Bunbury City Classic competitors make a splash

More than 500 athletes from across the globe converged on Koombana Bay at the weekend to take part in the LGM Industries Bunbury City Classic Triathlon.

The event began early on Sunday morning, February 16, with competitors taking on the swim before cycling around the Leschenault estuary, through the waterfront, up to the lighthouse and back to Koombana Bay.

Competitors from all corners of WA took part in the state Standard Distance Championship, which also served as a qualifying race for the 2020 International Triathlon Union World Championships.

Nick Thompson was the stand out for the day after completing the standard 51.5km triathlon in just 1 hour and 50 minutes.

Bunbury Triathlon Club's very own Ryan Bailie finished second, crossing the finish line in 1 hour and 54 minutes - with Fremantle participant Guy Crawford just seconds behind.

Fellow Bunbury Triathlon members James Martin, Dale Zabiela, Jarrad Bolton and Jarryd Heldt also placed in the top 20. In the sprint, Mandurah's Ronan Hays took out first place, finishing the 25km swim, cycle and run in just over one hour.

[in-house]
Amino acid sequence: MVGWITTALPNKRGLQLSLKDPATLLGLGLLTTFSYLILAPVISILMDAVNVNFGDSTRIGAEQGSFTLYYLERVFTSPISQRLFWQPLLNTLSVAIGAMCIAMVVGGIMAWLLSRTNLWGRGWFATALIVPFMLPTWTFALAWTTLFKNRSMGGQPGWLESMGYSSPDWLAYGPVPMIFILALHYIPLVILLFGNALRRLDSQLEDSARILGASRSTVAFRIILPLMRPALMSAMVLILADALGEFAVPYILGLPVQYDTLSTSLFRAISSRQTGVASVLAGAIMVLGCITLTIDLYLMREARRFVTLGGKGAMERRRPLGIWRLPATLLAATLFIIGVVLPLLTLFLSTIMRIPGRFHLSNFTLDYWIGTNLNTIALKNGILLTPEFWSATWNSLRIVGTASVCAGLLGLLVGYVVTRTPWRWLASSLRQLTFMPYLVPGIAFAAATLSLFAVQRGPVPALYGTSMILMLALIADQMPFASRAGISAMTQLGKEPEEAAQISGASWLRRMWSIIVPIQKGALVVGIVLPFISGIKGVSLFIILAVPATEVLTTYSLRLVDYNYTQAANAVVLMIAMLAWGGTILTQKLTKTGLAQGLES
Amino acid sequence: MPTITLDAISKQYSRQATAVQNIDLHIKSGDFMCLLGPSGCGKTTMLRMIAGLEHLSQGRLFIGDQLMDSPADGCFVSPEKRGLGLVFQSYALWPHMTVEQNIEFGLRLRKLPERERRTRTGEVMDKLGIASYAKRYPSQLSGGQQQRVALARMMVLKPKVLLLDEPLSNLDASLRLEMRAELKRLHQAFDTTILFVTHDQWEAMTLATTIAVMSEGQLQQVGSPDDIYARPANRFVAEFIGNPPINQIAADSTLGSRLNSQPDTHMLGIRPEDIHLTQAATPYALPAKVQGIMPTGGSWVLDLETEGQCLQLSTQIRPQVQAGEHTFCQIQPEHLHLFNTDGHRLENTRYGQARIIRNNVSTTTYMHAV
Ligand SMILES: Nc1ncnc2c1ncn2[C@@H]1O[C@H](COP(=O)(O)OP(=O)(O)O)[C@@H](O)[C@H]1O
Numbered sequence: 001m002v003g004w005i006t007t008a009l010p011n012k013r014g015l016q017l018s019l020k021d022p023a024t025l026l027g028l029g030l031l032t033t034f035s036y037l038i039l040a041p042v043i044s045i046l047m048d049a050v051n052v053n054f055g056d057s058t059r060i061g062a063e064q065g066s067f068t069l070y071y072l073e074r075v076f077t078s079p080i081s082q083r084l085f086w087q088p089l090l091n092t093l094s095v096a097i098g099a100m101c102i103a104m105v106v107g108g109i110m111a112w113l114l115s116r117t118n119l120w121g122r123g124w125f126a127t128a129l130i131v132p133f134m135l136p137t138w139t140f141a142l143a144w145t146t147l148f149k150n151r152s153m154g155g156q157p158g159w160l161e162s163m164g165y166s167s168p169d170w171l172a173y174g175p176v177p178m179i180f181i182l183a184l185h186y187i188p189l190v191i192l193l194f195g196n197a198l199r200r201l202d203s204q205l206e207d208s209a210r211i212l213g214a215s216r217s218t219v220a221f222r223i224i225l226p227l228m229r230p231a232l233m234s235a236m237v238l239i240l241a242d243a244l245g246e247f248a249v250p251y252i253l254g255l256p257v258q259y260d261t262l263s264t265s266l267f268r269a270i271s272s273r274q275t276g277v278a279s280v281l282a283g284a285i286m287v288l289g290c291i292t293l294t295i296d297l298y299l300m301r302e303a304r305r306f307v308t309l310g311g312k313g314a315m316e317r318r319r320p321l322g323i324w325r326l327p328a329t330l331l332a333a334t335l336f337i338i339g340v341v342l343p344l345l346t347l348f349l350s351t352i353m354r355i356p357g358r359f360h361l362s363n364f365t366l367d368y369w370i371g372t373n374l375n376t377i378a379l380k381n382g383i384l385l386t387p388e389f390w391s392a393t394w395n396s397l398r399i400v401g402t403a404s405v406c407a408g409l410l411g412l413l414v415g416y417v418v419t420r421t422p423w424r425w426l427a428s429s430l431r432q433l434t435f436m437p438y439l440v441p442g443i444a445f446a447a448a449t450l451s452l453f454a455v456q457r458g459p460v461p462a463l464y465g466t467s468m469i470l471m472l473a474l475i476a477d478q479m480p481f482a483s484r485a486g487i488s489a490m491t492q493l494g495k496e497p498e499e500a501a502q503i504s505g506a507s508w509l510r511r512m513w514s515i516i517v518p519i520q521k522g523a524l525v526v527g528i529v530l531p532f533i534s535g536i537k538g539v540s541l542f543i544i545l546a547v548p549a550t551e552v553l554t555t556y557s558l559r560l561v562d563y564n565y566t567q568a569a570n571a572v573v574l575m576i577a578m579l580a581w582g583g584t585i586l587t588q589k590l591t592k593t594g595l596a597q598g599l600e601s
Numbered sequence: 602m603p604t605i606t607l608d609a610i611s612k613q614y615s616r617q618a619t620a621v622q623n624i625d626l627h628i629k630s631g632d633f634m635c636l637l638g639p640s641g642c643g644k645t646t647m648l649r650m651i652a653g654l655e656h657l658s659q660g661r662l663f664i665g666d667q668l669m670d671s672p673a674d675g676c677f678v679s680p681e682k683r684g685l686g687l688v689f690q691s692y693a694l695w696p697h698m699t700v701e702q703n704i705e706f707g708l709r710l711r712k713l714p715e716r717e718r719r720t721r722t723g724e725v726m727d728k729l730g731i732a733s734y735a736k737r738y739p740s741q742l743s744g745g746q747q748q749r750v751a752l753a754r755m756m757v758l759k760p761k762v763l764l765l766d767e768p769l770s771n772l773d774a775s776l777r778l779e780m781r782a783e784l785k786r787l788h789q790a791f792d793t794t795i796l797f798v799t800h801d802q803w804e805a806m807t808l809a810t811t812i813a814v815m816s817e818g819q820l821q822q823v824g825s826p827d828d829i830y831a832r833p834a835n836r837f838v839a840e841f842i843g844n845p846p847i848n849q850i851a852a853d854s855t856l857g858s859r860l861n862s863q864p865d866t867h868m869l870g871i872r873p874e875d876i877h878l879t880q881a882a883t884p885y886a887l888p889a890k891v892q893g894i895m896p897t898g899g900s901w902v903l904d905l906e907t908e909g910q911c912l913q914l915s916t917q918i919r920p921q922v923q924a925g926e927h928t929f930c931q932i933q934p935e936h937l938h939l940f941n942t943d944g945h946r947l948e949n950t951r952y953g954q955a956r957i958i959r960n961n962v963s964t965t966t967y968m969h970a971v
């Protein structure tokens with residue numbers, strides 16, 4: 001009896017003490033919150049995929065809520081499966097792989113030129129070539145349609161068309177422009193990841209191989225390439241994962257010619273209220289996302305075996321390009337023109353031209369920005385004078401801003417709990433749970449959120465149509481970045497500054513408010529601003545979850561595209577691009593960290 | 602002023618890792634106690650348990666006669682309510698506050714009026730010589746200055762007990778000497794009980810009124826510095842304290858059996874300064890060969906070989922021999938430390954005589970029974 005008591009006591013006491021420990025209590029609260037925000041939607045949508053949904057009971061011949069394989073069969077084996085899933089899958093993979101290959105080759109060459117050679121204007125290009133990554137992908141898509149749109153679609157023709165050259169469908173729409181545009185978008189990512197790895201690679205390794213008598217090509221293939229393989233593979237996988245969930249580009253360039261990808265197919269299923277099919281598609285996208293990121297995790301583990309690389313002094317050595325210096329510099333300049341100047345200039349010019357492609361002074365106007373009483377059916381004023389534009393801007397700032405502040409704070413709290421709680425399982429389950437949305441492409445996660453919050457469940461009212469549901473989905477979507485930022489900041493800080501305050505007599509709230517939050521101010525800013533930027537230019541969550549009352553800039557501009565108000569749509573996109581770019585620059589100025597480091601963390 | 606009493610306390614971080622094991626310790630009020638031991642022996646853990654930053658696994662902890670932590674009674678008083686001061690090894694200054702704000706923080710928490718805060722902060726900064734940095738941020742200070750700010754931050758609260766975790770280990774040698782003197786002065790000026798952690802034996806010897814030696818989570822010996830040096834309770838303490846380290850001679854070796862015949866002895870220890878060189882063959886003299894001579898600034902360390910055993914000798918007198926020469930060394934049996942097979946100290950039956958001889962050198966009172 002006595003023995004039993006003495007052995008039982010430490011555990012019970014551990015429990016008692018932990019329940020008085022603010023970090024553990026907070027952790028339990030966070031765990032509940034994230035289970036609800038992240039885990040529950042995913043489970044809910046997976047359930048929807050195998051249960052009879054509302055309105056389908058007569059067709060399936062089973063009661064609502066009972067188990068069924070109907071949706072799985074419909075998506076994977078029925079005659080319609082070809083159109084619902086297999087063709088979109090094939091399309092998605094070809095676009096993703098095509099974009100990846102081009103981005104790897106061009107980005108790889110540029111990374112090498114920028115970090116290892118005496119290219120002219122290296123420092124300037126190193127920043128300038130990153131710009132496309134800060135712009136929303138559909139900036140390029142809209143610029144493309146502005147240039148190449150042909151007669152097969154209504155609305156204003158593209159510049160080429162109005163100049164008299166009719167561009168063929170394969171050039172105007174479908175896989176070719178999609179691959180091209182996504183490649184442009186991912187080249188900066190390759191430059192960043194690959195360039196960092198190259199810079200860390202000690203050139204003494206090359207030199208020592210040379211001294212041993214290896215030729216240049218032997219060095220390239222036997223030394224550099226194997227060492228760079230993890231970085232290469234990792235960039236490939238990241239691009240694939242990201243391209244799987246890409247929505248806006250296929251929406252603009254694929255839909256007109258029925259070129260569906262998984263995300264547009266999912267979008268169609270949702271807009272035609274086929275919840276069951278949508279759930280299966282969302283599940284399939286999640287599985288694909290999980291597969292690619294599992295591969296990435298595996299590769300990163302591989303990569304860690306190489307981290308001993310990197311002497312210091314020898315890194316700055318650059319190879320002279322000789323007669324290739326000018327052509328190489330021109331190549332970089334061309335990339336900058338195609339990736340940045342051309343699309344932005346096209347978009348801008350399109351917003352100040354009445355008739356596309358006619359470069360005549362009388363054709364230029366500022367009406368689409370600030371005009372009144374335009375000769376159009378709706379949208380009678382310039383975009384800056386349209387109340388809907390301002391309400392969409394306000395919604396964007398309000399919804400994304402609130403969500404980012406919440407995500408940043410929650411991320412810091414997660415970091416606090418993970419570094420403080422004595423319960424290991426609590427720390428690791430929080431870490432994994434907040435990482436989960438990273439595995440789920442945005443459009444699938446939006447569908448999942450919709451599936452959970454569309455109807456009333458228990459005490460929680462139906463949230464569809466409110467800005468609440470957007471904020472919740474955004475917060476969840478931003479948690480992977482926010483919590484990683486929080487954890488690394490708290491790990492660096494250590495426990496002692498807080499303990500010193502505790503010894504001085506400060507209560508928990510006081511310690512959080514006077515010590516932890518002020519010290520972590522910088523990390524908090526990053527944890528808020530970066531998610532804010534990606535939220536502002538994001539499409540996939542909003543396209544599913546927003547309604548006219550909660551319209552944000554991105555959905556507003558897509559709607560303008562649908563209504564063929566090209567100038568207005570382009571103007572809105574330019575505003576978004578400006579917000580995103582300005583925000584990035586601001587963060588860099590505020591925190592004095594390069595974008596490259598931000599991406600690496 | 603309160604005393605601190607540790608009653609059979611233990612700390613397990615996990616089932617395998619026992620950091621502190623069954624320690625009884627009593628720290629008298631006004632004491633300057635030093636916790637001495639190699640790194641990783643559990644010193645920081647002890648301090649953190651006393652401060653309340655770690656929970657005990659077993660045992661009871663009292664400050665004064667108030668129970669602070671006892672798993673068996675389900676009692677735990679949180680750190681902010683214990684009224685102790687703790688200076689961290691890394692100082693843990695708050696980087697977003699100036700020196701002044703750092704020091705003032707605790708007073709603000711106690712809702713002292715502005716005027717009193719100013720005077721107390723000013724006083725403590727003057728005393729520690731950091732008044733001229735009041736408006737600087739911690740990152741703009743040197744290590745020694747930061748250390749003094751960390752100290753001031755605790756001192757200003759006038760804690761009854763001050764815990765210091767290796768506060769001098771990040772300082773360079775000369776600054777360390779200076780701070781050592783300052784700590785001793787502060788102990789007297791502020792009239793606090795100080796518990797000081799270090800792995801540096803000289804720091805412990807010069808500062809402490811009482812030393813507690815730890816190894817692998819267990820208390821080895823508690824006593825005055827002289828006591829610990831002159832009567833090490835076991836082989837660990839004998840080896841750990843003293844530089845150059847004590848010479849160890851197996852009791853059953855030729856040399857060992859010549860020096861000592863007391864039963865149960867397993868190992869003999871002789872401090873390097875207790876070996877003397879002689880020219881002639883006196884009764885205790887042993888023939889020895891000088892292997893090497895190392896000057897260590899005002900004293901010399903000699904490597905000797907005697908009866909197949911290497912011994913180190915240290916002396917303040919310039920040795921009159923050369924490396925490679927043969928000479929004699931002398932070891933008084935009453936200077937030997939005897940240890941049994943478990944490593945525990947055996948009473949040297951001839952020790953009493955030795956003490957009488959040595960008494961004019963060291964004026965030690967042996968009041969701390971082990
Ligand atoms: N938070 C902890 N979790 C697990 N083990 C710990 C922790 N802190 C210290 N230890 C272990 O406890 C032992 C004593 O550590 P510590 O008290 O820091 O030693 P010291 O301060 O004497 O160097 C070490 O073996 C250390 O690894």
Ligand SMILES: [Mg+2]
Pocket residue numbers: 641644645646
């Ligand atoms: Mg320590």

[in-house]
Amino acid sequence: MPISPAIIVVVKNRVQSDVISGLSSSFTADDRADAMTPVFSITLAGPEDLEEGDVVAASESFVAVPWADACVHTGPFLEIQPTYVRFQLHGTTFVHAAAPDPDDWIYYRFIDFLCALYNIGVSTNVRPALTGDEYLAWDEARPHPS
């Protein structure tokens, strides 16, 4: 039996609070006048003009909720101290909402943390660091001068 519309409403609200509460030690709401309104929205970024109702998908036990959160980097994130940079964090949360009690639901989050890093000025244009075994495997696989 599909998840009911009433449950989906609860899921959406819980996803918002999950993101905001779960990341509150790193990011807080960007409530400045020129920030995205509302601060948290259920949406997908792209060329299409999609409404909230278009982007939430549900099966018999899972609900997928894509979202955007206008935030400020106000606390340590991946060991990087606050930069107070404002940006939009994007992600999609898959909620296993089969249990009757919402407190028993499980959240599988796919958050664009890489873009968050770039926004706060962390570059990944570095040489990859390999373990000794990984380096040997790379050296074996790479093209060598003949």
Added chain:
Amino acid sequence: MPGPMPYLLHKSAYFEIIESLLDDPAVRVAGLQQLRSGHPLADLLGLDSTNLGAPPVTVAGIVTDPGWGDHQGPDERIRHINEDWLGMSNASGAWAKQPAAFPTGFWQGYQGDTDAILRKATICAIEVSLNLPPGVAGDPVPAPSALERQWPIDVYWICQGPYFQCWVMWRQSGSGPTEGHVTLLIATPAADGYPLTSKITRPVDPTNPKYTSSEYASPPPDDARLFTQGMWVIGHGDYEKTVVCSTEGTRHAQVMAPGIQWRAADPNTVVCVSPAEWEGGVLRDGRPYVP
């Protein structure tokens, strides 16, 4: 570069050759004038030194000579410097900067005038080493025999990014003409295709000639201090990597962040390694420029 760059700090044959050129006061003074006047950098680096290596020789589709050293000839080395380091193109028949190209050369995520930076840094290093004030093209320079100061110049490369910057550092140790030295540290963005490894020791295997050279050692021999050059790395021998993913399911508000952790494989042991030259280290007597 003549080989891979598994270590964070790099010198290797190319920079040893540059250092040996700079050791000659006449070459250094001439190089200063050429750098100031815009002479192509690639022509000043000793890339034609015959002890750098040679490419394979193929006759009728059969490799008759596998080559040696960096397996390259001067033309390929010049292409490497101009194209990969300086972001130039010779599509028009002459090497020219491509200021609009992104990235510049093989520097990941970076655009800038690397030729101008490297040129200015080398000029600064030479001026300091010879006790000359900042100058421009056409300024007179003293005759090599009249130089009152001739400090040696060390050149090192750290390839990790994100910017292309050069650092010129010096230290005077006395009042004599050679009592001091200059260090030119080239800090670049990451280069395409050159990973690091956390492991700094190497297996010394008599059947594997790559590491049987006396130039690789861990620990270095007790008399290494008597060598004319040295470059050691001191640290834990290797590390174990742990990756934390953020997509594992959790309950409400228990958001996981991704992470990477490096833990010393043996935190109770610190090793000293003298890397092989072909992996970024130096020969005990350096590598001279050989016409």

North Coast Triathlon Club Reece Margach completed the course in one hour and four minutes, followed by UWA Triathlon Club member Tommaso Puccini.

The event was an intergenerational affair for the Neaves family, with 65-year-old grandfather Trevor, 40-year-old son Geoff and seven-year-old grandson Dane all competing.

Family affair: The event was an intergenerational affair for the Neaves family, including 65-year-old grandfather Trevor, 40-year-old son Geoff and seven-year-old grandson Dane. Photo: Supplied.

Family affair: The event was an intergenerational affair for the Neaves family, including 65-year-old grandfather Trevor, 40-year-old son Geoff and seven-year-old grandson Dane. Photo: Supplied.

Trevor, who was instrumental in forming and running the Bunbury Triathlon Club back in the early 1980s, said he felt grateful to have been able to race alongside both his son and grandson.

"If you don't use it, you'll lose it," he said.

"It's unreal for a parent to be able to race with your own child and also have your grandson in there, too.

"I don't know many people that get that luxury, to be able to do something like this with their family - it's special.

"I've been in the tri scene since about 1982, right as it started down here, and the club has been going strong ever since. To see it now, it's a good feeling.

"I see race day as a test, but the training as a lifestyle choice. It's about exercising, eating well and looking after yourself."